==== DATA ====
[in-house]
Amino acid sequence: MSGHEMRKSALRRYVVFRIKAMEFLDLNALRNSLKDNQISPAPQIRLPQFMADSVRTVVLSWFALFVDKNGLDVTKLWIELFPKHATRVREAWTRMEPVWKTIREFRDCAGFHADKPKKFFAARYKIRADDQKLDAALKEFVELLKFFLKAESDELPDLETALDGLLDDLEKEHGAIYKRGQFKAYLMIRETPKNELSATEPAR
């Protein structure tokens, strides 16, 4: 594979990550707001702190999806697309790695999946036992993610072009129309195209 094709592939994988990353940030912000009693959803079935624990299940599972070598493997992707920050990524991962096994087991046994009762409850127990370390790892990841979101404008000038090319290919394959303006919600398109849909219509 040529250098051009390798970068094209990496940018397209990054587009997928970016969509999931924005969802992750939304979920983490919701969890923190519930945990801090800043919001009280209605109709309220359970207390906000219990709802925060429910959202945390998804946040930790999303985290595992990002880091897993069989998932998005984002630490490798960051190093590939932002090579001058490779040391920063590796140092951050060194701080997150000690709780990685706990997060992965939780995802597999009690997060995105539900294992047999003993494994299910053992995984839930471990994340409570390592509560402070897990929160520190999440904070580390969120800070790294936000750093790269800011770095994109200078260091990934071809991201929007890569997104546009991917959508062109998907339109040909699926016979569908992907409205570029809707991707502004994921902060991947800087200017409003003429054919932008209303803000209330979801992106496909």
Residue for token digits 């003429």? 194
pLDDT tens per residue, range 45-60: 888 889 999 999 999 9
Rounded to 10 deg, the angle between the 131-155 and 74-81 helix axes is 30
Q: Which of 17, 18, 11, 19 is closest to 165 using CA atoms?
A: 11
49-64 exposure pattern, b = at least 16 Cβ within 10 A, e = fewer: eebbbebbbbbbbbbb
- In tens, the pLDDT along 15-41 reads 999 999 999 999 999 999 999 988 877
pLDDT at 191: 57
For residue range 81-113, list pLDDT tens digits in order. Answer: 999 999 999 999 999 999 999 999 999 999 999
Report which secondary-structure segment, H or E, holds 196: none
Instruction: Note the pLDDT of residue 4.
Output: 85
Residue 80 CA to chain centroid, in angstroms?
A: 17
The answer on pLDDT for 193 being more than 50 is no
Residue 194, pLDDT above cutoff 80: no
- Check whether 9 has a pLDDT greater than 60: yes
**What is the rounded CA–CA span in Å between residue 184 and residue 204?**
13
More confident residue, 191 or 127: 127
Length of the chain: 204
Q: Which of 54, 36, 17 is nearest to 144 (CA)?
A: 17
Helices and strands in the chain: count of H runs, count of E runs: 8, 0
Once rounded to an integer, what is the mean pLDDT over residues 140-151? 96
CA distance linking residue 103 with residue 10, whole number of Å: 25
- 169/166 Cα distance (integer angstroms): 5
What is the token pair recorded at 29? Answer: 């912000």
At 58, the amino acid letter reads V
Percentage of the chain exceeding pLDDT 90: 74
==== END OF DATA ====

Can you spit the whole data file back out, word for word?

[in-house]
Amino acid sequence: MSGHEMRKSALRRYVVFRIKAMEFLDLNALRNSLKDNQISPAPQIRLPQFMADSVRTVVLSWFALFVDKNGLDVTKLWIELFPKHATRVREAWTRMEPVWKTIREFRDCAGFHADKPKKFFAARYKIRADDQKLDAALKEFVELLKFFLKAESDELPDLETALDGLLDDLEKEHGAIYKRGQFKAYLMIRETPKNELSATEPAR
């Protein structure tokens, strides 16, 4: 594979990550707001702190999806697309790695999946036992993610072009129309195209 094709592939994988990353940030912000009693959803079935624990299940599972070598493997992707920050990524991962096994087991046994009762409850127990370390790892990841979101404008000038090319290919394959303006919600398109849909219509 040529250098051009390798970068094209990496940018397209990054587009997928970016969509999931924005969802992750939304979920983490919701969890923190519930945990801090800043919001009280209605109709309220359970207390906000219990709802925060429910959202945390998804946040930790999303985290595992990002880091897993069989998932998005984002630490490798960051190093590939932002090579001058490779040391920063590796140092951050060194701080997150000690709780990685706990997060992965939780995802597999009690997060995105539900294992047999003993494994299910053992995984839930471990994340409570390592509560402070897990929160520190999440904070580390969120800070790294936000750093790269800011770095994109200078260091990934071809991201929007890569997104546009991917959508062109998907339109040909699926016979569908992907409205570029809707991707502004994921902060991947800087200017409003003429054919932008209303803000209330979801992106496909």
Residue for token digits 């003429």? 194
pLDDT tens per residue, range 45-60: 888 889 999 999 999 9
Rounded to 10 deg, the angle between the 131-155 and 74-81 helix axes is 30
Q: Which of 17, 18, 11, 19 is closest to 165 using CA atoms?
A: 11
49-64 exposure pattern, b = at least 16 Cβ within 10 A, e = fewer: eebbbebbbbbbbbbb
- In tens, the pLDDT along 15-41 reads 999 999 999 999 999 999 999 988 877
pLDDT at 191: 57
For residue range 81-113, list pLDDT tens digits in order. Answer: 999 999 999 999 999 999 999 999 999 999 999
Report which secondary-structure segment, H or E, holds 196: none
Instruction: Note the pLDDT of residue 4.
Output: 85
Residue 80 CA to chain centroid, in angstroms?
A: 17
The answer on pLDDT for 193 being more than 50 is no
Residue 194, pLDDT above cutoff 80: no
- Check whether 9 has a pLDDT greater than 60: yes
**What is the rounded CA–CA span in Å between residue 184 and residue 204?**
13
More confident residue, 191 or 127: 127
Length of the chain: 204
Q: Which of 54, 36, 17 is nearest to 144 (CA)?
A: 17
Helices and strands in the chain: count of H runs, count of E runs: 8, 0
Once rounded to an integer, what is the mean pLDDT over residues 140-151? 96
CA distance linking residue 103 with residue 10, whole number of Å: 25
- 169/166 Cα distance (integer angstroms): 5
What is the token pair recorded at 29? Answer: 């912000």
At 58, the amino acid letter reads V
Percentage of the chain exceeding pLDDT 90: 74